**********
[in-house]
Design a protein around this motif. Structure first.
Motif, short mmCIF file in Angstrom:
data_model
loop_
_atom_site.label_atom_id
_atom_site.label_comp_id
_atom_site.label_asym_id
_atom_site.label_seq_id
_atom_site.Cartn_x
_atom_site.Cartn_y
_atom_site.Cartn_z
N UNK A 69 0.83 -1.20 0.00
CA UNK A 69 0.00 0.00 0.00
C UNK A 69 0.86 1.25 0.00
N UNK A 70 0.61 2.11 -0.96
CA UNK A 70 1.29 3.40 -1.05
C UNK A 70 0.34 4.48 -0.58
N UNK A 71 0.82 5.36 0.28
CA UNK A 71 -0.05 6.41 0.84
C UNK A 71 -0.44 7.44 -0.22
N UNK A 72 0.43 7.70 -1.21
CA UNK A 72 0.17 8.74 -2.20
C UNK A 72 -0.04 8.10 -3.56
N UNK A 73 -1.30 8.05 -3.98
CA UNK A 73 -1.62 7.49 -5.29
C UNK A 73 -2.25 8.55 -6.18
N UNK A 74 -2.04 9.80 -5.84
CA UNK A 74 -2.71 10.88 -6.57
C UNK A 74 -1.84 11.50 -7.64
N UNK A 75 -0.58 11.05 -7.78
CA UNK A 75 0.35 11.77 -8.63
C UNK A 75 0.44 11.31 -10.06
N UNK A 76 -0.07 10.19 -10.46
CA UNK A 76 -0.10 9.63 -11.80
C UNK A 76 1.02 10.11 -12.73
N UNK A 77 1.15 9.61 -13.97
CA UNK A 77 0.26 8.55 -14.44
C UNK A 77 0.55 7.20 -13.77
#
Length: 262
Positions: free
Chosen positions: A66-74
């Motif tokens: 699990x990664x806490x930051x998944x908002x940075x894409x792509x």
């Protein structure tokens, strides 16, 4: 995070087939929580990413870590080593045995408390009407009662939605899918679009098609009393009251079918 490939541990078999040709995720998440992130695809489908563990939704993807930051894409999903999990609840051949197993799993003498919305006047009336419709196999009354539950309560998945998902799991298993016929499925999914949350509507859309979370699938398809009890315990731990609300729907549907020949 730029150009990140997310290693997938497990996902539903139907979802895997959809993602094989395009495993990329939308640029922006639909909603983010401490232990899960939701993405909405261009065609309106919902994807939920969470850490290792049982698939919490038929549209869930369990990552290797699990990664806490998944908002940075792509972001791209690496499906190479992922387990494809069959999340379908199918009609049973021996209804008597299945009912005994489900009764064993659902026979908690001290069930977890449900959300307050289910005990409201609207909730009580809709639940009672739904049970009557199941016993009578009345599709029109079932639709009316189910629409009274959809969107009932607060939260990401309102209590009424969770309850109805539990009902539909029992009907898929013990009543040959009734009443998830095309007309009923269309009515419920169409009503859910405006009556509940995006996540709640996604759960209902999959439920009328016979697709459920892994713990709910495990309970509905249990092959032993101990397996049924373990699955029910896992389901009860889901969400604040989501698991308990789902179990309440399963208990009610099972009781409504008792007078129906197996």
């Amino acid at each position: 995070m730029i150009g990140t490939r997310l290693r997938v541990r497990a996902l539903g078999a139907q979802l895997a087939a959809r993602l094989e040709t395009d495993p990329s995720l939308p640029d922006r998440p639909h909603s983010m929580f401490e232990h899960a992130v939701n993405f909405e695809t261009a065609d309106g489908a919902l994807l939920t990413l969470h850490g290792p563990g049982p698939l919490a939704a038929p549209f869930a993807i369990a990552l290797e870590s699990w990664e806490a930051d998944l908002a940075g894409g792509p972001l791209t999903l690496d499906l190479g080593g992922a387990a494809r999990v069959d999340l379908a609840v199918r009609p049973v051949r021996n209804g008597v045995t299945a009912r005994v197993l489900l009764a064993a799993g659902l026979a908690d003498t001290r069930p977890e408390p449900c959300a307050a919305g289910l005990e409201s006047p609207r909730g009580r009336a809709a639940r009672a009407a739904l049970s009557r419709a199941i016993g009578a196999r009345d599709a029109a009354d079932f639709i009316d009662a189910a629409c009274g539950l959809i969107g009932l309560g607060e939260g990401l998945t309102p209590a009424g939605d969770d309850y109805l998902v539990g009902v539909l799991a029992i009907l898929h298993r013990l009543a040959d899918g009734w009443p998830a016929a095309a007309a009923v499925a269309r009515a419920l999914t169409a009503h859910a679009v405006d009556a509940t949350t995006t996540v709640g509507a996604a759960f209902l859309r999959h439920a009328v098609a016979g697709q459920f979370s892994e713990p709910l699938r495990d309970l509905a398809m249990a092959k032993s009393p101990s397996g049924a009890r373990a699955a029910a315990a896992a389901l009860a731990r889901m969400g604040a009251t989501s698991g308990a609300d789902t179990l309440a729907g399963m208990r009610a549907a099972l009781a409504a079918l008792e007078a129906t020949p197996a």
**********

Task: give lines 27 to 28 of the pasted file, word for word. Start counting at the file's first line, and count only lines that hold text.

C UNK A 73 -2.25 8.55 -6.18
N UNK A 74 -2.04 9.80 -5.84